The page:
One of the most important skills that a coach can develop is personal leadership. As a coach, you are put into a role that deems a significant amount of guidance and responsibility. Athletes will observe all your positive attributes, but also your downfalls. Developing a set of leadership skills that will help athletes improve both in sport and in personal endeavors is crucial.
“Make no doubt about it, athletes not only need effective leadership, they also desire it. Young people want consistent parameters, direction, order structure, organization and discipline. They need it whether they know it or not. It gives them security, and that, in turn, helps them to be more confident.” (Dorfman, 2003)
Imagery has been the focus of a great deal of research over the recent years. Results consistently lead us to believe that successful implementation of imagery techniques have a direct and positive effect on sport performance. By developing these techniques, we enable our athletes to experience a variety of competition settings mentally so that when the time comes they will be prepared to perform at their highest level.
“Although it is still not clear why, imagery frequently predicts behaviors: Imagining disaster or success at work, in relationships, or in sport often leads to that outcome. Taking control of our imaginations is vital if we are to manage our behavior effectively, particularly in sport.”
Even without research, most would argue the importance of confidence in sport and in life. It is a feeling that when experienced can make or break one’s performance. Feeling confident gives an athlete the ability to believe in “I can” rather than “I can’t” which often times determines whether that belief becomes a reality.
Coaches can help develop athlete’s confidence by providing positive feedback when the athlete performs well and conversely, in the instances where athletes are not performing their best. Sometimes it is equally or more important to build an athlete’s confidence when they are struggling. Providing constructive criticism can help athletes learn how to improve, but giving them the confidence to know they can improve is more important yet.
A study conducted by David Tod, James Hardy, and Emily Oliver analyzed 47 studies that assessed the relationship between self-talk and performance. The study suggested positive effects on performance by athletes who were using various forms of self-talk. Similar to imagery, often times what we think has a direct effect on our behavior. If we focus on the thoughts that go through our head on a regular basis, we can start to identify the negative thoughts that have potential to lead us to decreased performance. On the other hand, we will notice self-talk that is positive and constructive and will be able to implement those types of thoughts more often.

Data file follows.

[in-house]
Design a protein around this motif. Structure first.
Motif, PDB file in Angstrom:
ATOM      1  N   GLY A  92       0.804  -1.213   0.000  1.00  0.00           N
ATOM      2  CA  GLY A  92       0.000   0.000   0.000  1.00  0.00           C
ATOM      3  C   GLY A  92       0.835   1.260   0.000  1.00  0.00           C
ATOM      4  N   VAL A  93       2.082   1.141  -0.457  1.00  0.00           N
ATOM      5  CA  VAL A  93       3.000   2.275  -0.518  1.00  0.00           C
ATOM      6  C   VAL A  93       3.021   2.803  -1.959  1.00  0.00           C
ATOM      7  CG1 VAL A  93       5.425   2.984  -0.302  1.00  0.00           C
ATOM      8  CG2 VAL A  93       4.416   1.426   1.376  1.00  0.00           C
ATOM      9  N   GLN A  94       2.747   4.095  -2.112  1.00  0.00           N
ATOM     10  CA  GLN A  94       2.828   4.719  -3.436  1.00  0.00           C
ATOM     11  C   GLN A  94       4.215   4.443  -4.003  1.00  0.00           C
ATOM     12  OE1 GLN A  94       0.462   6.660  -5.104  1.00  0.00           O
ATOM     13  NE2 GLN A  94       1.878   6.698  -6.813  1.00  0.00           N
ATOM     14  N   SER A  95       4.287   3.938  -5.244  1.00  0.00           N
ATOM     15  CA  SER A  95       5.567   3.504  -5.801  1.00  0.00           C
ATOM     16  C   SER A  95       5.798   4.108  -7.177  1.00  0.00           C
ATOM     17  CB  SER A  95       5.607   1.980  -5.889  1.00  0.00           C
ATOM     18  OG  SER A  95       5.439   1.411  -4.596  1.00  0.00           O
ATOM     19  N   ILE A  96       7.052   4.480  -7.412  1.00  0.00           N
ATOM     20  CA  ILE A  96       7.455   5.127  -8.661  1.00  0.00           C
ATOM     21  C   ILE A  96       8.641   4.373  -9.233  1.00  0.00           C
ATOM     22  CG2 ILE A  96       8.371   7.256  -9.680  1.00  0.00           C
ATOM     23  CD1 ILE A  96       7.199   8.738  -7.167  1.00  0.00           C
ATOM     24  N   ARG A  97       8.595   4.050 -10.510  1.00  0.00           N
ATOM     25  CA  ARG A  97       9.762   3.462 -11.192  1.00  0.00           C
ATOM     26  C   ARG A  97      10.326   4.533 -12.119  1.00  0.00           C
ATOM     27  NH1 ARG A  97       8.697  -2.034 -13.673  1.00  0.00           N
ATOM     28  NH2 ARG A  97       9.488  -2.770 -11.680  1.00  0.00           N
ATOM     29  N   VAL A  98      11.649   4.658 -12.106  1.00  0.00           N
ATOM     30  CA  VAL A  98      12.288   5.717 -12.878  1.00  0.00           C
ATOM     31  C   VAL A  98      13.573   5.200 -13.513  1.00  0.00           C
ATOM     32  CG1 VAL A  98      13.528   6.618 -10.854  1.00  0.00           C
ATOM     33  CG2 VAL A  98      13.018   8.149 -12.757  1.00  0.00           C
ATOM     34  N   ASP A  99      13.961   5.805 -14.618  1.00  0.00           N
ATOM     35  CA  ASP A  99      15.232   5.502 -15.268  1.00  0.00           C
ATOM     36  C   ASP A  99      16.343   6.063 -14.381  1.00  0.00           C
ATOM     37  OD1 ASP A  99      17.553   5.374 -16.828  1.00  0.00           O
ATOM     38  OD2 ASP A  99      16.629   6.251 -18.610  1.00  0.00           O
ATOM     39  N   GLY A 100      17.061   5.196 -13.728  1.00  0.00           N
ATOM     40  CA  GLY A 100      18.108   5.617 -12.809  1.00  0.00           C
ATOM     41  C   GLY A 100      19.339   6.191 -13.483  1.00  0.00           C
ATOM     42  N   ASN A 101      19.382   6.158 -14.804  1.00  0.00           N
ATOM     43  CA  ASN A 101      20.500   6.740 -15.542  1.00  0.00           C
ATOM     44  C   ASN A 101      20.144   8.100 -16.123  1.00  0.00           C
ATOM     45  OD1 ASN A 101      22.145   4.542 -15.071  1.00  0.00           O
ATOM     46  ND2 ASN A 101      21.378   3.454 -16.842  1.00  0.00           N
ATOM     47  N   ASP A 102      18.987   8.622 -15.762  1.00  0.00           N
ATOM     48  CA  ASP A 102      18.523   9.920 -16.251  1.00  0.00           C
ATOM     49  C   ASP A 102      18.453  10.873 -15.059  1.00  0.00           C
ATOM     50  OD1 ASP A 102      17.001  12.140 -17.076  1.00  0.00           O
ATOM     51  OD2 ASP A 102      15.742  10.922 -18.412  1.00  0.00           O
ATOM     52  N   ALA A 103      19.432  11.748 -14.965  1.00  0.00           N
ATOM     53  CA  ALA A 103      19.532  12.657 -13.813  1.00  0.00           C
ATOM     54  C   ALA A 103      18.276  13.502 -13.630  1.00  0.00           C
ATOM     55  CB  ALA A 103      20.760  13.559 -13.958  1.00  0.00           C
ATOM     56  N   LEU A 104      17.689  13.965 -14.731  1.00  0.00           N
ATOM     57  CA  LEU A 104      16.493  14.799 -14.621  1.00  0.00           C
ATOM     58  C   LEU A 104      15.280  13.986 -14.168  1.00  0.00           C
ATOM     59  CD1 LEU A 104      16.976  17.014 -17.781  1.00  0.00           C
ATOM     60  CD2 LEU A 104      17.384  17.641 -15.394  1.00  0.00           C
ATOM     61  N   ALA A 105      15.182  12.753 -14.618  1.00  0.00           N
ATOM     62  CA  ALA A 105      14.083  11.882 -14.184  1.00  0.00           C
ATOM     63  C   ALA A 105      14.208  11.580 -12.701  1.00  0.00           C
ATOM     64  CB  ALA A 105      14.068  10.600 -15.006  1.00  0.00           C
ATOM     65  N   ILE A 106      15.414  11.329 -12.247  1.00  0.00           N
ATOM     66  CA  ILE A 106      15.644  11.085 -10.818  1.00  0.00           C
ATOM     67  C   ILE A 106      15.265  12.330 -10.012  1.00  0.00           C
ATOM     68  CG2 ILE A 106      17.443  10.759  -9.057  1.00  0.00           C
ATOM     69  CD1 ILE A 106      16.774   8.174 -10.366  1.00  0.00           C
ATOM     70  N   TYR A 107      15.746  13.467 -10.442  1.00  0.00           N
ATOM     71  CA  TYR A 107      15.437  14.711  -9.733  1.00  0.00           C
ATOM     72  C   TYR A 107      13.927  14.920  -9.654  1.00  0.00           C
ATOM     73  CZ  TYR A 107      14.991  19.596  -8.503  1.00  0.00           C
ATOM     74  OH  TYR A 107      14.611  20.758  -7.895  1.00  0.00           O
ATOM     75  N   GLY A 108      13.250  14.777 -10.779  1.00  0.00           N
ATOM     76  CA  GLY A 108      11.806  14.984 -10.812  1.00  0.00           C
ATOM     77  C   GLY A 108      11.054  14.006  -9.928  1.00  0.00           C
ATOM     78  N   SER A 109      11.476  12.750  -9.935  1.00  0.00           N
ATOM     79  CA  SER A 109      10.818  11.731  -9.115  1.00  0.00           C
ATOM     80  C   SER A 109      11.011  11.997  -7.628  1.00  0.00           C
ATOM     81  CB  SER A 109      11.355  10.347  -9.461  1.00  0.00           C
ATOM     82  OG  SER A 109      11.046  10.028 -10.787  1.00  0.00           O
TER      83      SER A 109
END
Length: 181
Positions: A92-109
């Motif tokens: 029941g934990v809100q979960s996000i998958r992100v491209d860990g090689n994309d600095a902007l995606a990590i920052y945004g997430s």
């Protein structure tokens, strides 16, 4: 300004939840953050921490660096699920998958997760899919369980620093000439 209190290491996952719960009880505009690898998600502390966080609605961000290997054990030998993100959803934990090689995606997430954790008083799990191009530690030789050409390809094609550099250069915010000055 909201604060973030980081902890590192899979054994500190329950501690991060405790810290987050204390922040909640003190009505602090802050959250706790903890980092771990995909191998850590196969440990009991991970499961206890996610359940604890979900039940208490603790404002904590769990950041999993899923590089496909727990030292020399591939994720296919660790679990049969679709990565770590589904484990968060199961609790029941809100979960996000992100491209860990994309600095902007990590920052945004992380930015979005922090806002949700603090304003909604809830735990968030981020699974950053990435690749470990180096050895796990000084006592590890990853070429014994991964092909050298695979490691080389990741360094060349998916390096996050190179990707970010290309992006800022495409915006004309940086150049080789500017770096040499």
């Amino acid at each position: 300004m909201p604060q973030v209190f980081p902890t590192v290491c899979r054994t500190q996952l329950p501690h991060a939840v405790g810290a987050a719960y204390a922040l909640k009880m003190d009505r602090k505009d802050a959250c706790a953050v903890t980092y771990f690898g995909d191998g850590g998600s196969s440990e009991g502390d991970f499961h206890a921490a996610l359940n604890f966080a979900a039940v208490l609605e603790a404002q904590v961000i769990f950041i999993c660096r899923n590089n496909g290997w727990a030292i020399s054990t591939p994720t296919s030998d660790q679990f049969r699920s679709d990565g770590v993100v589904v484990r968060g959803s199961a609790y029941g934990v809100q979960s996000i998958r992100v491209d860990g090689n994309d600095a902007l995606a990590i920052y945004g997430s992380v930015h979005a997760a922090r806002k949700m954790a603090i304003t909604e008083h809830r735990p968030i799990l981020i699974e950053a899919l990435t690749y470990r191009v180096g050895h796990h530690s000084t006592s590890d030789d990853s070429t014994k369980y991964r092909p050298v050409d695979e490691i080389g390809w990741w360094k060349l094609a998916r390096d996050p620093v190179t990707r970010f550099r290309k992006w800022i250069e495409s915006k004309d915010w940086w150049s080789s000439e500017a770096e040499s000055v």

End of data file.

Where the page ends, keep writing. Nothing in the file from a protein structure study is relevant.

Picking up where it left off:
As a coach, teaching athletes how to implement positive self-talk will benefit them (and the team as a whole). Self-talk can increase performance and will help the athletes develop a strong sense of self worth that is an invaluable skill outside of competition as well.
Goal setting can be a great way to get the team on board and working toward a common outcome or result. It is important to be SMART when setting goals with your team. Check our Premier Sport Psychology’s recent blog post on setting goals titled “He Shoots, He Scores! Setting Goals, Not Just Scoring Them”
S – Specific – Be very clear in your mind exactly what the goal relates to. If there are several aspects, create multiple goals.
M – Measurable – Any goal set should be capable of being measure in some way. If there is no way to measure, there is no way to assess progress. If assessing Mental Skills, a subjective measuring scale can be used, as long as the same scale is used every time.
A – Adjustable – Goal setting is a dynamic process and goals need to be altered at times. If your team’s progress is faster or slower than you had originally planned, goals will need to be changed to reflect this.
R – Realistic – It is essential to set challenging goals, but not so challenging you never achieve them. As a simple rule, set goals that are sufficiently beyond your present ability to force hard work and persistence, but not so challenging they are unrealistic. Use your best judgment for what is and is not realistic for your teams.
T – Time-based – All goals should have a specific time period. Without a target date, there is little motivation for the athletes to achieve the goal. There are three time periods for goal setting: short-term, intermediate-term, and long-term.
- Bull, S., Albinson, J., & Shambrook, C. (1996). The mental game plan: Getting psyched for sport. Eastbourne: Sports Dynamics.
- Dorfman, H. (2003). Leadership and Power(s). In Coaching the mental game: Leadership philosophies and strategies for peak performance in sports, and everyday life (p. 3). Lanham, Maryland: Taylor Trade Publishing.
- Morris, T., Spittle, M., & Watt, A. (2005). Imagery in sport. Champaign, Illinois: Human Kinetics.
- Tod, D., James, H., & Oliver, E. (2011). Effects of Self-Talk: A Systematic Review. Journal of Sport & Exercise Psychology, 666-687.